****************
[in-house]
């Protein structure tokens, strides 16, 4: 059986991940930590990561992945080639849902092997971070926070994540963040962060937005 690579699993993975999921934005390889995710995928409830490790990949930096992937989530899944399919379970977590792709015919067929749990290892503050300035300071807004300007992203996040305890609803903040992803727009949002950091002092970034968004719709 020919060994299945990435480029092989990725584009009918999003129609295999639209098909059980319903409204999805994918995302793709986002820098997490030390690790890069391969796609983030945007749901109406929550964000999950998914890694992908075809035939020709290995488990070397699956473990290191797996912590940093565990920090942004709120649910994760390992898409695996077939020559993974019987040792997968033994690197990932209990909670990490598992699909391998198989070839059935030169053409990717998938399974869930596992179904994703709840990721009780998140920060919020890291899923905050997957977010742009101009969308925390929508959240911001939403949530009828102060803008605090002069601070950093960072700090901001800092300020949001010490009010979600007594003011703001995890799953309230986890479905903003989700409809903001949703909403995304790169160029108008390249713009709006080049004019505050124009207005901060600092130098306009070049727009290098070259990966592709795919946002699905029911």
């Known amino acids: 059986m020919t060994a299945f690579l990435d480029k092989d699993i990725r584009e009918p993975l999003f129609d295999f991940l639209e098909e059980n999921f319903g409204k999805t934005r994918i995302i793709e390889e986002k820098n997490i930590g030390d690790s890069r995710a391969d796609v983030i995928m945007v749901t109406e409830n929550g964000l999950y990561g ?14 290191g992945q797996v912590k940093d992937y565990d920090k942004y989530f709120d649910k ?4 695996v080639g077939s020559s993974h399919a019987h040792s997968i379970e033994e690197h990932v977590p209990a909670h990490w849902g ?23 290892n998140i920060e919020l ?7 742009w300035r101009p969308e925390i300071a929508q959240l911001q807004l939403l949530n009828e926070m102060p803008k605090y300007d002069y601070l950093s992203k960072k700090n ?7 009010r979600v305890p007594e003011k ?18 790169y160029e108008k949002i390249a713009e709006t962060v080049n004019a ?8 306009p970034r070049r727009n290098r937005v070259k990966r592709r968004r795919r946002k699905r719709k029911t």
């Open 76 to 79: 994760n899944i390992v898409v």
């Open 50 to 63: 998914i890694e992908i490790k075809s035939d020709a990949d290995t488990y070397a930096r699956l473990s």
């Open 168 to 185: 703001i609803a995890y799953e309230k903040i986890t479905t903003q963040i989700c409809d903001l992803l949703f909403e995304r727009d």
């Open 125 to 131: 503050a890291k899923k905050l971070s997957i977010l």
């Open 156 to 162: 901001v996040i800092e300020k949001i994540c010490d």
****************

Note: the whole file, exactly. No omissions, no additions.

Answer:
[in-house]
């Protein structure tokens, strides 16, 4: 059986991940930590990561992945080639849902092997971070926070994540963040962060937005 690579699993993975999921934005390889995710995928409830490790990949930096992937989530899944399919379970977590792709015919067929749990290892503050300035300071807004300007992203996040305890609803903040992803727009949002950091002092970034968004719709 020919060994299945990435480029092989990725584009009918999003129609295999639209098909059980319903409204999805994918995302793709986002820098997490030390690790890069391969796609983030945007749901109406929550964000999950998914890694992908075809035939020709290995488990070397699956473990290191797996912590940093565990920090942004709120649910994760390992898409695996077939020559993974019987040792997968033994690197990932209990909670990490598992699909391998198989070839059935030169053409990717998938399974869930596992179904994703709840990721009780998140920060919020890291899923905050997957977010742009101009969308925390929508959240911001939403949530009828102060803008605090002069601070950093960072700090901001800092300020949001010490009010979600007594003011703001995890799953309230986890479905903003989700409809903001949703909403995304790169160029108008390249713009709006080049004019505050124009207005901060600092130098306009070049727009290098070259990966592709795919946002699905029911």
């Known amino acids: 059986m020919t060994a299945f690579l990435d480029k092989d699993i990725r584009e009918p993975l999003f129609d295999f991940l639209e098909e059980n999921f319903g409204k999805t934005r994918i995302i793709e390889e986002k820098n997490i930590g030390d690790s890069r995710a391969d796609v983030i995928m945007v749901t109406e409830n929550g964000l999950y990561g ?14 290191g992945q797996v912590k940093d992937y565990d920090k942004y989530f709120d649910k ?4 695996v080639g077939s020559s993974h399919a019987h040792s997968i379970e033994e690197h990932v977590p209990a909670h990490w849902g ?23 290892n998140i920060e919020l ?7 742009w300035r101009p969308e925390i300071a929508q959240l911001q807004l939403l949530n009828e926070m102060p803008k605090y300007d002069y601070l950093s992203k960072k700090n ?7 009010r979600v305890p007594e003011k ?18 790169y160029e108008k949002i390249a713009e709006t962060v080049n004019a ?8 306009p970034r070049r727009n290098r937005v070259k990966r592709r968004r795919r946002k699905r719709k029911t």
């Open 76 to 79: 994760n899944i390992v898409v």
């Open 50 to 63: 998914i890694e992908i490790k075809s035939d020709a990949d290995t488990y070397a930096r699956l473990s």
């Open 168 to 185: 703001i609803a995890y799953e309230k903040i986890t479905t903003q963040i989700c409809d903001l992803l949703f909403e995304r727009d």
């Open 125 to 131: 503050a890291k899923k905050l971070s997957i977010l």
């Open 156 to 162: 901001v996040i800092e300020k949001i994540c010490d």